Click here to read about “Our Process from Design to Development” workshop.
Brian Spaly had a problem: “I couldn’t find pants that fit so I started selling my own trousers,” he says. “Being a hockey player I had that big butt, big thigh problem…”
While he first started as the co-founder of New York-based Bonobos, Spaly shared the failures and successes that brought him to Chicago to launch Trunk Club. His company, which curates clothing for men based on their buying history, offers a more inviting shopping experience than department stores.
If you sit a guy down and you say ‘you’re gonna get new clothes’ and for the first five minutes he sits on a comfortable leather couch and kinda gets to see what’s going on on the floor at this cool startup and has a beer or a scotch or a glass of wine… it’s a really different experience than trying to find the men’s department at Nordstrom and smelling like nail polish remover and dodging strange-looking people at a makeup counter that are spraying stuff at you …that sucks. Trunk Club does not suck.
Trunk Club started in Oregon with one employee – the founder. Spaly was brought on as CEO in order to help the business grow. At the time, there were some inconsistencies in the records that Spaly says he didn’t notice right away. Three days after he was named CEO, the original founder resigned. From that, the company rebounded and continues to increase their revenue. When Trunk Club launched in Chicago in 2010, they made a little more than $1 million in revenue. In 2011, they made more than $5 million, and last year around $17 million. “This year I think we have a fighting chance at $50 (million),” Spaly says.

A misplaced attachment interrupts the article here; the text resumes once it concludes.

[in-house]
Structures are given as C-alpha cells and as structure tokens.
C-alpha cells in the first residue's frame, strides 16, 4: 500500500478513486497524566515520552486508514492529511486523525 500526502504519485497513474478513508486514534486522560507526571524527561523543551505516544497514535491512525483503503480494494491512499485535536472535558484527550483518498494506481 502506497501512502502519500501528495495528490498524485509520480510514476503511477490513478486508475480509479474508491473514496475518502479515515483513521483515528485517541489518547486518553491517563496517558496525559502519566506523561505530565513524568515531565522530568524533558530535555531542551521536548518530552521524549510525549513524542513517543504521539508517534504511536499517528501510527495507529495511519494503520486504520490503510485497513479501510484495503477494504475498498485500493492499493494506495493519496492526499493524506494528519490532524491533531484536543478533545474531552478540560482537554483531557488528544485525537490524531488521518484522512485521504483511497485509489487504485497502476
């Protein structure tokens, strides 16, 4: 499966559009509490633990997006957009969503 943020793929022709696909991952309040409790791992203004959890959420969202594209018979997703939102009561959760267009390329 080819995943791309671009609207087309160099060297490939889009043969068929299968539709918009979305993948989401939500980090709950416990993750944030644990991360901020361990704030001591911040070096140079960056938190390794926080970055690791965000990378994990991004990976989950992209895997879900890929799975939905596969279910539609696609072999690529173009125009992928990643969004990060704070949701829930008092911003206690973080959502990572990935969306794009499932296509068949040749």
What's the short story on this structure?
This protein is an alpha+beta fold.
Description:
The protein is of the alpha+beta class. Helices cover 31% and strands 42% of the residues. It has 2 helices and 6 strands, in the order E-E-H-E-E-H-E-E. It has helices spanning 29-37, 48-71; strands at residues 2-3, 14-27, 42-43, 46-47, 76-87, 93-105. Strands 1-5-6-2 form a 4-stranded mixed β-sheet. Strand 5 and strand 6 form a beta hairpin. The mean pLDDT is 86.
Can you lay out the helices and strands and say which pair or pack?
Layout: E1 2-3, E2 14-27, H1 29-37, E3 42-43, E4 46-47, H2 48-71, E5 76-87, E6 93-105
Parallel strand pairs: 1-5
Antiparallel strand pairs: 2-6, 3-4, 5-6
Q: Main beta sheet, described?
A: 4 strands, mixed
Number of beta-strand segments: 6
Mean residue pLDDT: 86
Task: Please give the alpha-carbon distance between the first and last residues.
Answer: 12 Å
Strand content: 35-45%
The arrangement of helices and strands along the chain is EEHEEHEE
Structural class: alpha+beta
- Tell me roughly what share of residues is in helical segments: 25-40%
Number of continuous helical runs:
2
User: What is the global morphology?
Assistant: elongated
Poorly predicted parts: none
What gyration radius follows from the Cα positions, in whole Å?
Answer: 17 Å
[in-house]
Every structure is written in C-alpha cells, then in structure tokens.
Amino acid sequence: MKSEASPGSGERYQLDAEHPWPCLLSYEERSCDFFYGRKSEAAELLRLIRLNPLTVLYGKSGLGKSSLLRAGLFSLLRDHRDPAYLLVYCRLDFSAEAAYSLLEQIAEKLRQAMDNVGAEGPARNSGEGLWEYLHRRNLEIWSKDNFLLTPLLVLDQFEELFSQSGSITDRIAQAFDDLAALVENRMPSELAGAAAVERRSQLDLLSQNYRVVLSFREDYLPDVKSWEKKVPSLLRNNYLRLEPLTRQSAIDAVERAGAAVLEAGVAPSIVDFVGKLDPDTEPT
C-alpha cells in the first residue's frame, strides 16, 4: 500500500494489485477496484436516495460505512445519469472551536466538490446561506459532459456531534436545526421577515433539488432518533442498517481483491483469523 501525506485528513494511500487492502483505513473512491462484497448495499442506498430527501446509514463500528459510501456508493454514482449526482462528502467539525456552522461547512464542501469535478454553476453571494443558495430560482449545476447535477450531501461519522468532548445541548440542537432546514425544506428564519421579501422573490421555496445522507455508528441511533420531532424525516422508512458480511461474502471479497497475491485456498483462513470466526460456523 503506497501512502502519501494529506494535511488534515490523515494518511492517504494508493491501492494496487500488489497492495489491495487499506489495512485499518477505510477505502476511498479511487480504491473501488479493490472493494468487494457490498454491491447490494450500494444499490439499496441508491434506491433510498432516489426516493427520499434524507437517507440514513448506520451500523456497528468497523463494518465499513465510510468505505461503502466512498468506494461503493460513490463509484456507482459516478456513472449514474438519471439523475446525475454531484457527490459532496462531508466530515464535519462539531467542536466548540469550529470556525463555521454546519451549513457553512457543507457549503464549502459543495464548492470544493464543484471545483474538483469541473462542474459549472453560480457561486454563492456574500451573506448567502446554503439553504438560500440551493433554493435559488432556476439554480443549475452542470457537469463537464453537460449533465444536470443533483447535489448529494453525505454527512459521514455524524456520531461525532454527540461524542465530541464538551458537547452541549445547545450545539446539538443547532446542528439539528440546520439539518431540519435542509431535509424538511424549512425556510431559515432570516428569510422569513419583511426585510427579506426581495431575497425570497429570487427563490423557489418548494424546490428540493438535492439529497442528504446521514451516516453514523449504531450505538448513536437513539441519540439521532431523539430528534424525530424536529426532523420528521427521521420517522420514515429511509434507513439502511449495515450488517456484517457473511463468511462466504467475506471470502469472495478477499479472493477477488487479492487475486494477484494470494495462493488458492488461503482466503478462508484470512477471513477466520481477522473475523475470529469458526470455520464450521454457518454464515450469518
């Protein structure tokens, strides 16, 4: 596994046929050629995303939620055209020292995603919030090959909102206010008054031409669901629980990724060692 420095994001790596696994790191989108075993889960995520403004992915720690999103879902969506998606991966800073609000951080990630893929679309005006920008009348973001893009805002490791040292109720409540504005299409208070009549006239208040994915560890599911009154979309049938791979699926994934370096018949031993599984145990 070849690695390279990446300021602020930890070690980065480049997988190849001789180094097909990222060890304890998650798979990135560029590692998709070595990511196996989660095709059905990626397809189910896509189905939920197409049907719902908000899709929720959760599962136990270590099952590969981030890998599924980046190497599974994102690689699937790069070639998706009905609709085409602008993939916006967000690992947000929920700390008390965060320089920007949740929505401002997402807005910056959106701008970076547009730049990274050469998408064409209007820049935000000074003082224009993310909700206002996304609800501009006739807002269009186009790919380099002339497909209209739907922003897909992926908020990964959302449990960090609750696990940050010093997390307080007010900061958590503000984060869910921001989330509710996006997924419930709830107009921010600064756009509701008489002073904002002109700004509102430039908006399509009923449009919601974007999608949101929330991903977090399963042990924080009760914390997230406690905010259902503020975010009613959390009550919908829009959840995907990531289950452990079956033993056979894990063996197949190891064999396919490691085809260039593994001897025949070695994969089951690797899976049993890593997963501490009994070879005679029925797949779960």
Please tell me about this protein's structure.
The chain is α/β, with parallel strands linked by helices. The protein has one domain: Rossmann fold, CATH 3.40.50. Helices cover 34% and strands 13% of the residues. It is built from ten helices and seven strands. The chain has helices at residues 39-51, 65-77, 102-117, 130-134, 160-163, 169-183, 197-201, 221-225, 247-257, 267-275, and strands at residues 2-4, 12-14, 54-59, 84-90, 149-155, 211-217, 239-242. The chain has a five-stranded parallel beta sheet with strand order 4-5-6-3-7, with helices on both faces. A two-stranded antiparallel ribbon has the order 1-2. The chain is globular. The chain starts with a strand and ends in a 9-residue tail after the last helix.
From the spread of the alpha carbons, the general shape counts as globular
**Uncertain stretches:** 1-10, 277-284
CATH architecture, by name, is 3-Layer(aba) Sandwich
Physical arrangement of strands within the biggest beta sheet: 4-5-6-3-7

Spaly wants Trunk Club to be the place where you come to in Chicago for great clothes. “Let’s rekindle some of the pride that this city has had for the century as a place where people can get open, warm, Midwestern values and solve problems for you,” he says. While Trunk Club still has a long way to go, Spaly says, that is what he strives for the company to be. Even though the company is still growing, Spaly says its biggest competitor in the area is Nordstrom.
“Nordstrom is the gorilla in our space and we really want to just punch them in the nuts here,” Spaly says. “We want guys to no longer turn right when they’re coming home from the Loop. We want them to turn left and come to Trunk Club.”
Spaly’s trouser tale started years ago when he complained to his girlfriend about paying $15 to have his pants altered.
“I was too cheap to get my pants altered,” he says.
One day his girlfriend came over with a sewing machine and suggested he sew his own.
This started the trouser obsession, which led to Spaly selling corduroy pants to classmates at Stanford out of the trunk of his car.
“That’s when I really learned the poetry of product-market fit. Make something without spending that much money, make it yourself, learn how to do it, be authentic and get it out on the market and sell it yourself,” Spaly says.